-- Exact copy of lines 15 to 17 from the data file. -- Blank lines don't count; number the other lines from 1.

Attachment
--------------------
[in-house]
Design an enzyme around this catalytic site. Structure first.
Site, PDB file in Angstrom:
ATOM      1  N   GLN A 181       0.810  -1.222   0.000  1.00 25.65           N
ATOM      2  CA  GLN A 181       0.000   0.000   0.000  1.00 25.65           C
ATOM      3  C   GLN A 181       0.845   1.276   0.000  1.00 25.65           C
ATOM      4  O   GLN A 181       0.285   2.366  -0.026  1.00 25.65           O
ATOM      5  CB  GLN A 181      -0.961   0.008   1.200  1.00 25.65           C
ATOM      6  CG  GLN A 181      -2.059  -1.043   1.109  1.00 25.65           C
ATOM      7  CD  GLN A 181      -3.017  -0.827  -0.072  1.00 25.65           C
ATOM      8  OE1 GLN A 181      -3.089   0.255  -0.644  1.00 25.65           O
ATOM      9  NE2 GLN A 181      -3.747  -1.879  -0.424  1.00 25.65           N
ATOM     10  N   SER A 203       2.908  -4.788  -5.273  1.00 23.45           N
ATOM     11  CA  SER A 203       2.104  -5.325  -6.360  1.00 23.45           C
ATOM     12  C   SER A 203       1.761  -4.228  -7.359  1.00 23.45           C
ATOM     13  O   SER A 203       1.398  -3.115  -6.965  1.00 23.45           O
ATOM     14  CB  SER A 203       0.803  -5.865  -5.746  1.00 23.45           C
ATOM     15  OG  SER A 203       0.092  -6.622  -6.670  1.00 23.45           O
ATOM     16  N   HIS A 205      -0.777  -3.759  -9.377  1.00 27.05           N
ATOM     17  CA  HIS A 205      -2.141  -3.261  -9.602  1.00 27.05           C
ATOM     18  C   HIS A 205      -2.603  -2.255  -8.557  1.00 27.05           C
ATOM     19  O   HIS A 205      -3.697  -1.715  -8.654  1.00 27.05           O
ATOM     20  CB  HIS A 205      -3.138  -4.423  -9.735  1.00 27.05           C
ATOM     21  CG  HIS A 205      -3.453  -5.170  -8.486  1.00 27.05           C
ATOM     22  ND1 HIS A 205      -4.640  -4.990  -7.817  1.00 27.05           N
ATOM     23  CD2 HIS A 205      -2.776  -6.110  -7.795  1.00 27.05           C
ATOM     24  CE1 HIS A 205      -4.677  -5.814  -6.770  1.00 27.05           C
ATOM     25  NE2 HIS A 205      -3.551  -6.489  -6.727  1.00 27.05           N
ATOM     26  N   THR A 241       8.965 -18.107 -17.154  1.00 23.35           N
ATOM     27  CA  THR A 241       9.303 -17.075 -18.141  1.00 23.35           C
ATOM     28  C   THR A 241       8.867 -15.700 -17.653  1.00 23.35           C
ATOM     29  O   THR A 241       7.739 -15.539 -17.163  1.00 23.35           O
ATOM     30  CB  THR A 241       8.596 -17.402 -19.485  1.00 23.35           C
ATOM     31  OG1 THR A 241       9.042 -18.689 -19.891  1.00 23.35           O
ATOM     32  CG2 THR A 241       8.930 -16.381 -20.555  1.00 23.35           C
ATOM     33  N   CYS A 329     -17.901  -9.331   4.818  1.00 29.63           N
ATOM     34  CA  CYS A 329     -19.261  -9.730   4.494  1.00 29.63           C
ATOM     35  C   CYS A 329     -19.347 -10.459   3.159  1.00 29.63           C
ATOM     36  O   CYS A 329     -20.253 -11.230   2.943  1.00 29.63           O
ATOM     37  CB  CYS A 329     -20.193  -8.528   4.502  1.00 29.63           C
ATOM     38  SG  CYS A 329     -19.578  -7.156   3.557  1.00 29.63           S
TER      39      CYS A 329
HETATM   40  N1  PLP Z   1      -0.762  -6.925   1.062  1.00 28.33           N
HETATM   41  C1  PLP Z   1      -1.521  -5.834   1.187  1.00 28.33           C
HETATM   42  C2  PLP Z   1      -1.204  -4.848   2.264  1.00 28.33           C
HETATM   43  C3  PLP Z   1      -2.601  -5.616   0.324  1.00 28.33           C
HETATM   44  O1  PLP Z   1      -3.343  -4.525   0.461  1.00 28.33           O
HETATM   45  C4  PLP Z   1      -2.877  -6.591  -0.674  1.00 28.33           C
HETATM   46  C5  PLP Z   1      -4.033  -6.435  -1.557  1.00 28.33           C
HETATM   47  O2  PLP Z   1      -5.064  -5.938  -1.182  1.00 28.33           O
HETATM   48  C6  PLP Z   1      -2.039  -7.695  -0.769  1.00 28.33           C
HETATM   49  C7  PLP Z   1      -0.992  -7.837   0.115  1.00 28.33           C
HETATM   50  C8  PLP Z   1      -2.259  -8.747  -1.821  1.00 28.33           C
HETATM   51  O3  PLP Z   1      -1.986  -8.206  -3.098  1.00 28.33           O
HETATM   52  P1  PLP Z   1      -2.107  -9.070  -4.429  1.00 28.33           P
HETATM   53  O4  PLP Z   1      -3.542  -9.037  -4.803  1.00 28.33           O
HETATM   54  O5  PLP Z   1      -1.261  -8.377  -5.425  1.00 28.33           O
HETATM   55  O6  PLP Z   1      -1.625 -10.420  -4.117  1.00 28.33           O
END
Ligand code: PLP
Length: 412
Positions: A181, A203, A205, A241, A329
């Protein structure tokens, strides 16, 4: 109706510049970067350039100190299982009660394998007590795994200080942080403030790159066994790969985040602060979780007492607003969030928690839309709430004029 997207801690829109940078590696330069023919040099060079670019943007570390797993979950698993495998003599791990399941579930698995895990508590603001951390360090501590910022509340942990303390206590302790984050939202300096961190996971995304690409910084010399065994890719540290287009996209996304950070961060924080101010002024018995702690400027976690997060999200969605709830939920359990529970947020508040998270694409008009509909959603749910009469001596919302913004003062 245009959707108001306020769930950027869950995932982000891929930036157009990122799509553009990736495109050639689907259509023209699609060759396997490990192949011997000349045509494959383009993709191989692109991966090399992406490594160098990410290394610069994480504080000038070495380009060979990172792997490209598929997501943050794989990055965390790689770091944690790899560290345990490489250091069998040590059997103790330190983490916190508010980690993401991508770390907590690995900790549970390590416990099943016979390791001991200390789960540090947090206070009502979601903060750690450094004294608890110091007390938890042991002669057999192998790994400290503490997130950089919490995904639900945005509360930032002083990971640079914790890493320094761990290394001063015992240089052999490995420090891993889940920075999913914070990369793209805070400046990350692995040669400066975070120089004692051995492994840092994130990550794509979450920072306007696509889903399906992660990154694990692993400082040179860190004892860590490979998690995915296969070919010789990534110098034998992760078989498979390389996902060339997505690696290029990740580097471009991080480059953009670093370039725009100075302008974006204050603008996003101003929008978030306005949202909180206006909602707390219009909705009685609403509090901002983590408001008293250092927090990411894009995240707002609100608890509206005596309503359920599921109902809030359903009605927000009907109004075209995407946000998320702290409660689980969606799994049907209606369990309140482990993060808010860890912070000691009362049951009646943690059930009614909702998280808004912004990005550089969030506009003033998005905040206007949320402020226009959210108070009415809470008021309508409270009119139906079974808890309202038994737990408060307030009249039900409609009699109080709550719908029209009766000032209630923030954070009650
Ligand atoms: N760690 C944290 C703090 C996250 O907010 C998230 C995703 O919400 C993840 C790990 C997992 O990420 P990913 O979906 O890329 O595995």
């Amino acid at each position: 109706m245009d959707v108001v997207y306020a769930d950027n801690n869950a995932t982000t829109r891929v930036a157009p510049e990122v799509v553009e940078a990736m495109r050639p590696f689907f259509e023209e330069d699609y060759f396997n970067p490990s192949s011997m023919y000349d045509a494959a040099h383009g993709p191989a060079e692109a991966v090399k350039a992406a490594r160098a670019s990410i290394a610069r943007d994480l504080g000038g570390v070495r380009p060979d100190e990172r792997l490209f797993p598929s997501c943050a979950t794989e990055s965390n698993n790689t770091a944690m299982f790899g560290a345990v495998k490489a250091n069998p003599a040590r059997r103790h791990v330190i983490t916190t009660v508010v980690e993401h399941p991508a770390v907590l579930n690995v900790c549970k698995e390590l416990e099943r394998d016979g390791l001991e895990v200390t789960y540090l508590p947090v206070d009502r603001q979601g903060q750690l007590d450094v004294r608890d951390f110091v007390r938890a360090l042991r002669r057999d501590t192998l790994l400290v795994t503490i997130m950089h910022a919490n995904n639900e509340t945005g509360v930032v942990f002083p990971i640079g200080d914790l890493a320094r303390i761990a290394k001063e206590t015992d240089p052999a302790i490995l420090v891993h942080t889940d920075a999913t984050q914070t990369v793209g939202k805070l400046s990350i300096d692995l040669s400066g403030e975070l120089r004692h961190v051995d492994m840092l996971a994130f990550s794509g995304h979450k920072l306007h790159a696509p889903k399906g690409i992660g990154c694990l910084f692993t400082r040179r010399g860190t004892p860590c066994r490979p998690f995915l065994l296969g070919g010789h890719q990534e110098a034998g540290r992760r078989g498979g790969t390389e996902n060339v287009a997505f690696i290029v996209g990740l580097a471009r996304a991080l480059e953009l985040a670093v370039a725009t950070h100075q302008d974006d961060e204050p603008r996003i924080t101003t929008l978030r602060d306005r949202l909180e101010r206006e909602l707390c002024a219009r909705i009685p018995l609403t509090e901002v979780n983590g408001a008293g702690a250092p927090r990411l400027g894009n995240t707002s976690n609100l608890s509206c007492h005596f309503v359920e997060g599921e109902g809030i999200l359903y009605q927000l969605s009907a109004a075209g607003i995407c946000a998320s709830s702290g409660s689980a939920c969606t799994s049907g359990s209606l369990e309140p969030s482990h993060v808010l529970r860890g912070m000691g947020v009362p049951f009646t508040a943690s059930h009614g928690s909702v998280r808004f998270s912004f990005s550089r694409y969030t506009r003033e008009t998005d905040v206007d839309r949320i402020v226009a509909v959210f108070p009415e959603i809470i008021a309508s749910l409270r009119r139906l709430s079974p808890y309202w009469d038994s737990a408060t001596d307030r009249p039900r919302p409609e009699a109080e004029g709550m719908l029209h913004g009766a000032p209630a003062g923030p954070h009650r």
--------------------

ATOM     12  C   SER A 203       1.761  -4.228  -7.359  1.00 23.45           C
ATOM     13  O   SER A 203       1.398  -3.115  -6.965  1.00 23.45           O
ATOM     14  CB  SER A 203       0.803  -5.865  -5.746  1.00 23.45           C